MANHATTAN — East Siders trashed the MTA’s pilot program removing garbage cans at certain stops, according to survey results released Friday by Councilwoman Jessica Lappin’s office.
Some 66 percent of 218 survey takers said they noticed more trash at the 57th Street F station this past month, and a whopping 93 percent said removing the receptacles was a bad idea, according to the survey conducted from Sept. 19 to Oct. 5.
“As you might expect, taking away the trash cans doesn't mean people magically stop producing garbage,” Lappin said in a statement. “We [are] hearing that the amount of litter at the 57th Street Station has gone up since the bins were removed.”
The MTA launched the trash can removal program at the Flushing-Main Street station in Queens and Greenwich Village’s Eighth Street station in 2011, in an attempt to reduce smelly trash — and rat problems. They expanded the counter-intuitive program to eight other stations this fall, including 57th Street.
Lappin urged the MTA to scrap the program and bring the garbage cans back.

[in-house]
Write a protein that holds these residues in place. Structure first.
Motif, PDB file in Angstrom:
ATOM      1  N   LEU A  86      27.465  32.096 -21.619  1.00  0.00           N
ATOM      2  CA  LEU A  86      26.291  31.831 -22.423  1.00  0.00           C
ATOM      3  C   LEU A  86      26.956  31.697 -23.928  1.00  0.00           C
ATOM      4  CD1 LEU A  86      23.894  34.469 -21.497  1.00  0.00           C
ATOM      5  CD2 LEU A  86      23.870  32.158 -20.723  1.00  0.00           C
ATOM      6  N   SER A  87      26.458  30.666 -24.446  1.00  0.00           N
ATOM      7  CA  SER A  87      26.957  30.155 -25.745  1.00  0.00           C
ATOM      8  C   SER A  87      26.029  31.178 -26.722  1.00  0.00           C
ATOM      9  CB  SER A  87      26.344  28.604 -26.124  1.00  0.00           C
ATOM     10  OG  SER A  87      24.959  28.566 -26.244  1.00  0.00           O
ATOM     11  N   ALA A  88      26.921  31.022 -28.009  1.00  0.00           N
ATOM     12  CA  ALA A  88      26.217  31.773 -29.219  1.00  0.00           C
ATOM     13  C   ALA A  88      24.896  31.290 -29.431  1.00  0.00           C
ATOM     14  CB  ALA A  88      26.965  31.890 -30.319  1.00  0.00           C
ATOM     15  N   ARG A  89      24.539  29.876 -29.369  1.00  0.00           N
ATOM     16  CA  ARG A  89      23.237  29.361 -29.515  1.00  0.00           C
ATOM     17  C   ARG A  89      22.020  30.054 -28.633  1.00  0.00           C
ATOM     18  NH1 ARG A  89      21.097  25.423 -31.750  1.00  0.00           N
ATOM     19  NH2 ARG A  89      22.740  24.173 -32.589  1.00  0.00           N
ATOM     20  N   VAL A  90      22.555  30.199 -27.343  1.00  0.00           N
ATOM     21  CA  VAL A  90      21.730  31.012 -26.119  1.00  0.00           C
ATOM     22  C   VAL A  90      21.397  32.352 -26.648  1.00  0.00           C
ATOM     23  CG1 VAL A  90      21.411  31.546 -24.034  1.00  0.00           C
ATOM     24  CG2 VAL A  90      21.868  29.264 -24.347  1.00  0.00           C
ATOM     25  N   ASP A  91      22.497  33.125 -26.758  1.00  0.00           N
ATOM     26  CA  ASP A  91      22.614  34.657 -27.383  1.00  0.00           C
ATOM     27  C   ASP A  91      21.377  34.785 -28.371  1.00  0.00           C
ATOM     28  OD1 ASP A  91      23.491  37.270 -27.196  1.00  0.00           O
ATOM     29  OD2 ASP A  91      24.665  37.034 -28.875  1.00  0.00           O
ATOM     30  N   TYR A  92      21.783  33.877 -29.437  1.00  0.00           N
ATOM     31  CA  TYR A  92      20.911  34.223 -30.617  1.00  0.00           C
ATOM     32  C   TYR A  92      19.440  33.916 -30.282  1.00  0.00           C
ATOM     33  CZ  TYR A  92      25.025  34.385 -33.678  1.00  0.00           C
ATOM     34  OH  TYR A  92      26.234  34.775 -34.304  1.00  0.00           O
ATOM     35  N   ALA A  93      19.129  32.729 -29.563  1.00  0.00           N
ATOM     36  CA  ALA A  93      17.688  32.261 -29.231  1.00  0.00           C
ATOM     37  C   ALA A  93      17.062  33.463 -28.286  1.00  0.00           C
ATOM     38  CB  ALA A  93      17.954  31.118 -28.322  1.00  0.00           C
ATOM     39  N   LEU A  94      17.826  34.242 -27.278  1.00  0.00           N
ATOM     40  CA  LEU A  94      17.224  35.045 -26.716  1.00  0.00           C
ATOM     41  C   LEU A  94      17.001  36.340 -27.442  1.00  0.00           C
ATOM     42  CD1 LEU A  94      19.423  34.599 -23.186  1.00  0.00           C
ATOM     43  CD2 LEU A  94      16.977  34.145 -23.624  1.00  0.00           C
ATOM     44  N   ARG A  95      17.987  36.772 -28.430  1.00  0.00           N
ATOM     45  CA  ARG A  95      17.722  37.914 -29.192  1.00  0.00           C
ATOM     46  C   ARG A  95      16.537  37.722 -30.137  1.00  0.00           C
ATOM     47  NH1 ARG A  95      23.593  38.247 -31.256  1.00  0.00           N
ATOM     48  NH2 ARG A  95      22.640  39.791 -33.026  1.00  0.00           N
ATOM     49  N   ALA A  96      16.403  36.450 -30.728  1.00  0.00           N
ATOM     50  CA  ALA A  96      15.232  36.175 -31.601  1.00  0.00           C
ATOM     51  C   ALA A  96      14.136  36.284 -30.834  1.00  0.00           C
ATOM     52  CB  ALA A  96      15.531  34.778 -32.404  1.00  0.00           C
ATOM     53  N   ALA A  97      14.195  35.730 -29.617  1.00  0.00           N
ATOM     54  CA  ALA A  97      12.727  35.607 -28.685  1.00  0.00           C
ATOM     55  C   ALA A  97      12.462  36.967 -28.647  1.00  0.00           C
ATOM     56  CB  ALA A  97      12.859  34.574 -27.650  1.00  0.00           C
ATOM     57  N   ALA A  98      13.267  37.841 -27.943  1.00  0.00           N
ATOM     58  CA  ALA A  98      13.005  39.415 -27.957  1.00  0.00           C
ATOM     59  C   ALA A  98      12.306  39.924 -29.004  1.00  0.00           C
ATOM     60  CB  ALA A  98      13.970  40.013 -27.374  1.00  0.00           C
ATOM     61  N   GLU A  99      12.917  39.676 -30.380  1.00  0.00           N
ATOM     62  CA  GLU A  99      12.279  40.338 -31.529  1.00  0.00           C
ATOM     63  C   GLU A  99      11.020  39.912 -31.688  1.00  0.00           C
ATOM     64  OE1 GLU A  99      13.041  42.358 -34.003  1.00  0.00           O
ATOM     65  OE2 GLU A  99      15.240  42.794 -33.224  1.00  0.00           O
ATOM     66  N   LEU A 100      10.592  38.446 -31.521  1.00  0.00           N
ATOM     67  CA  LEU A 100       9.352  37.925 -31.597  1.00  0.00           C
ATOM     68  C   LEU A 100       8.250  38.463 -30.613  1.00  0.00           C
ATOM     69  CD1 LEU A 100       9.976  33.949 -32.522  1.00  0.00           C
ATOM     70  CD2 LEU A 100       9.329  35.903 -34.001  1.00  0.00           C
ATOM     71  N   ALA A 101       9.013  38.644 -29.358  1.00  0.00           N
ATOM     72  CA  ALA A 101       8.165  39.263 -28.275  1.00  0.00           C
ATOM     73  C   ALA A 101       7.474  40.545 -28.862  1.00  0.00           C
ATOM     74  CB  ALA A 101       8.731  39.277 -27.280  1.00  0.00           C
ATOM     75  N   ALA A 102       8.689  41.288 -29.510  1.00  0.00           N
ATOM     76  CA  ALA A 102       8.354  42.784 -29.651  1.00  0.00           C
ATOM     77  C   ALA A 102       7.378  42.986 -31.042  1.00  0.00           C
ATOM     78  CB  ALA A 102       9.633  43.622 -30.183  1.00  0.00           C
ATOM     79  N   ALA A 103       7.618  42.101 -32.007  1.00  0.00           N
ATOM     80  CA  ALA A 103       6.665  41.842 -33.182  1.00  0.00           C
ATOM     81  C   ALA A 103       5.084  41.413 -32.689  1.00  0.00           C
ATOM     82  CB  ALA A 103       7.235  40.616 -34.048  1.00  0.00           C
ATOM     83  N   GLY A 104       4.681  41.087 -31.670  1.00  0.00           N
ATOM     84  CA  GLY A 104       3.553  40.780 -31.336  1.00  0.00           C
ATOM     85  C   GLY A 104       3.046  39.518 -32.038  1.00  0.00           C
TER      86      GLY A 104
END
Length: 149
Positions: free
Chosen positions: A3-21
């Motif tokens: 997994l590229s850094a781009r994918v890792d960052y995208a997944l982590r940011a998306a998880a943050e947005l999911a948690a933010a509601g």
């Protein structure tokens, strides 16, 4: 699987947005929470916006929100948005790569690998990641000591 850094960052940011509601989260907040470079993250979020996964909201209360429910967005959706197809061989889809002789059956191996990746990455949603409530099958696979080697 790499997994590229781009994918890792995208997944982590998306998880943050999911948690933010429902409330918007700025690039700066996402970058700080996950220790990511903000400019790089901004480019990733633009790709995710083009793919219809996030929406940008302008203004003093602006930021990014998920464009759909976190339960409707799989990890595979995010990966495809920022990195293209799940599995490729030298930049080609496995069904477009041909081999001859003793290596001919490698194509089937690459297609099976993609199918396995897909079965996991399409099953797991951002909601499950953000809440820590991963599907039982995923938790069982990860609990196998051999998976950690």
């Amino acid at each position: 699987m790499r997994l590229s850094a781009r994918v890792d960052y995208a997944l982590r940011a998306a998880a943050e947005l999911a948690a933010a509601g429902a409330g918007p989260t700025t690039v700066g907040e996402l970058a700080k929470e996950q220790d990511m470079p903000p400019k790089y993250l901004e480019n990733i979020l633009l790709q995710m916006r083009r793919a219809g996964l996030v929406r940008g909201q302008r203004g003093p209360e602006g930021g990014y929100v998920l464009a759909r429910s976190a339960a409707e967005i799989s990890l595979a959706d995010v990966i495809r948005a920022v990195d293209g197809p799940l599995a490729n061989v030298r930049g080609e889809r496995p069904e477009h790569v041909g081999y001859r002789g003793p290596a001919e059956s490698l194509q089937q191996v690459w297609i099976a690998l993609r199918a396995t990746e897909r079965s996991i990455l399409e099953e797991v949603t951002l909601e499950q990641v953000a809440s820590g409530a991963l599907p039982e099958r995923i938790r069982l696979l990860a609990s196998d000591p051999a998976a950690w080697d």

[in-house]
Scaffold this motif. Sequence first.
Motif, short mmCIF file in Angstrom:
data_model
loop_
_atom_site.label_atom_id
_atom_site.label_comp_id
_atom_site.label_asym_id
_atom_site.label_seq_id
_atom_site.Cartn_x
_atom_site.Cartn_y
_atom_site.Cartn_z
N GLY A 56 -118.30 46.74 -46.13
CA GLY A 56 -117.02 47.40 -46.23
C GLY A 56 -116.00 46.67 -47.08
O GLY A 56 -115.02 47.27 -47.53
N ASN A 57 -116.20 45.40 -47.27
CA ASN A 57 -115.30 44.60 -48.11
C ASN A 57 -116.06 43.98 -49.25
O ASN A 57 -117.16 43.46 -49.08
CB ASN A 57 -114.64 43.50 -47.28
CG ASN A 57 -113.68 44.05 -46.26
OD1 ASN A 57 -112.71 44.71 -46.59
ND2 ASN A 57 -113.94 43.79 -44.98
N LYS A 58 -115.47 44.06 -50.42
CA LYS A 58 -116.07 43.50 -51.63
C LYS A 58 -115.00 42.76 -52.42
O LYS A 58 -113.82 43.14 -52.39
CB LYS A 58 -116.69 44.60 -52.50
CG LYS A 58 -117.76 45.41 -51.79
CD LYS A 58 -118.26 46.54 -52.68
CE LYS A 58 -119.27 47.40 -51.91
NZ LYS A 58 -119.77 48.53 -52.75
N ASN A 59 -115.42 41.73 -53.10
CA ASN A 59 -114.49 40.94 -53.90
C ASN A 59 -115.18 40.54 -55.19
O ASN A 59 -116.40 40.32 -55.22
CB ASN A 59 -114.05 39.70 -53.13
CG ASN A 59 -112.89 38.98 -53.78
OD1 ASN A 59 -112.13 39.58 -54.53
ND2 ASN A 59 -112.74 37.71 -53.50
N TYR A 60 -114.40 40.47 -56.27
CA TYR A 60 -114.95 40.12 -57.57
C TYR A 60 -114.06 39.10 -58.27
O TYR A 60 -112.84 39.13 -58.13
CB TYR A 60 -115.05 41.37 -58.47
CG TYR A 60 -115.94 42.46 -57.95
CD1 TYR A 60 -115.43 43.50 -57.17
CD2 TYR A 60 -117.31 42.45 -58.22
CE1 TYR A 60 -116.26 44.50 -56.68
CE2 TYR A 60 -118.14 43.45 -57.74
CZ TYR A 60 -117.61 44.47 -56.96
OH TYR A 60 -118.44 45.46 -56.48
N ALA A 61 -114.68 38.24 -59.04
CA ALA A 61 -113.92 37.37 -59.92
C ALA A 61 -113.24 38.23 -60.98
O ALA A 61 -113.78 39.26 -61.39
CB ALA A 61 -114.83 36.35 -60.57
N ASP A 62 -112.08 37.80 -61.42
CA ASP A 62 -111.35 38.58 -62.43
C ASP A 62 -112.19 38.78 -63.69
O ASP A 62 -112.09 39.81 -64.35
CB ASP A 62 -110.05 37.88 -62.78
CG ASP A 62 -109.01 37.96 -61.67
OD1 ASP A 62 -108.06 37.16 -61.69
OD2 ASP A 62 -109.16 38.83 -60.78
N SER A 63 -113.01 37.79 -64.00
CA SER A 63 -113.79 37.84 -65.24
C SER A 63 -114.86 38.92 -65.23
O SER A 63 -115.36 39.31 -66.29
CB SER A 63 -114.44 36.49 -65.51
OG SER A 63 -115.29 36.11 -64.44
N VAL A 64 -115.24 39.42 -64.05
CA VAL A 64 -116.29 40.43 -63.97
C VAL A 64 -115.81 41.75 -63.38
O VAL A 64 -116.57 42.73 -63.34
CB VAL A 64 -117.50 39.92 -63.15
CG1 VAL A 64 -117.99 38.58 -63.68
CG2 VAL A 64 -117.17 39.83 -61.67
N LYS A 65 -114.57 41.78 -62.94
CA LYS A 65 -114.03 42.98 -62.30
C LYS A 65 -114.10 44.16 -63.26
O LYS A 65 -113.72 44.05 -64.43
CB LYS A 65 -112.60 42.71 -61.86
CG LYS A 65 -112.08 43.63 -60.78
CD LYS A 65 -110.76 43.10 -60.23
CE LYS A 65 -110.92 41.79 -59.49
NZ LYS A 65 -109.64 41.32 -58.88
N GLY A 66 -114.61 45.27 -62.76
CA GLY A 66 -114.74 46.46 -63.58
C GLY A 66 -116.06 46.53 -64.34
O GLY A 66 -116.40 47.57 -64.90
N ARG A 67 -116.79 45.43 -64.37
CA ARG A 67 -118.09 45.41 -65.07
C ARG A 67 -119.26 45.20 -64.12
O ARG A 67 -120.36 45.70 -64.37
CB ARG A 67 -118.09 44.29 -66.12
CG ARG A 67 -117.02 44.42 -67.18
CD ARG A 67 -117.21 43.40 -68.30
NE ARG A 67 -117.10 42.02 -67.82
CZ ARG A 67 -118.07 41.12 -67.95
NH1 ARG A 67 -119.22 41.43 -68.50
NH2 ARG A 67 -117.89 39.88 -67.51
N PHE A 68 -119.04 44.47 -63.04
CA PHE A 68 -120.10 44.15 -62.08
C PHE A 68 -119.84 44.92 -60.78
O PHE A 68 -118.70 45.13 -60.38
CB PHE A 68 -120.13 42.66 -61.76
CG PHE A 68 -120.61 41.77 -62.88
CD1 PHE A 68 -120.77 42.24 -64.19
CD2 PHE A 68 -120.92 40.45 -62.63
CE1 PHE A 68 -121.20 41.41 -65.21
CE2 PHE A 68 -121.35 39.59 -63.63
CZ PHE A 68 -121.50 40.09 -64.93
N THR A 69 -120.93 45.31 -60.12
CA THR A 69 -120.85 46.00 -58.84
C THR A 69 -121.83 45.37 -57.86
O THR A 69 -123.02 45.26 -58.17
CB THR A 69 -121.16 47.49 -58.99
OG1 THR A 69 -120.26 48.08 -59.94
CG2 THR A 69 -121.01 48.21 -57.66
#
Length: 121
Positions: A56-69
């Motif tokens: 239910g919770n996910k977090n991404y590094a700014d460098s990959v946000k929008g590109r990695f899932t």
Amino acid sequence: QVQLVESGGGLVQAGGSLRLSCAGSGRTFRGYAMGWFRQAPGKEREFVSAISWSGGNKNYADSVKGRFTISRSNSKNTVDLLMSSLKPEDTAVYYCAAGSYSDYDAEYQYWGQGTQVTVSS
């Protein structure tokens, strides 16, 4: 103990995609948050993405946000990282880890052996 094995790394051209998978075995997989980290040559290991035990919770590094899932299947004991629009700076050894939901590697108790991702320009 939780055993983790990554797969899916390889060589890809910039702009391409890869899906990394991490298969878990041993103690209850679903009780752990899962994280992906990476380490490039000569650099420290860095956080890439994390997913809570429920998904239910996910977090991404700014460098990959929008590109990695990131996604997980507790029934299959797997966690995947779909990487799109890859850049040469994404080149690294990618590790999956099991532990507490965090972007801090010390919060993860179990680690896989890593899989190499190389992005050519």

But MTA officials claimed the program works, citing that reducing the trash bags at Main Street by 67 percent and by 50 percent at Eighth Street brought no noticeable increase in trash on the platforms or tracks.
“After initial positive results at the first two stations, we expanded the pilot to get a better understanding of the impact of removing trash cans from stations,” an MTA spokesman said.
“These stations are being closely monitored and the results will be analyzed to determine where removing trash cans works best and whether to continue the program in the future," he added.
Transit officials also said they would not consider removing trash cans from highly trafficked stations like Grand Central or Times Square.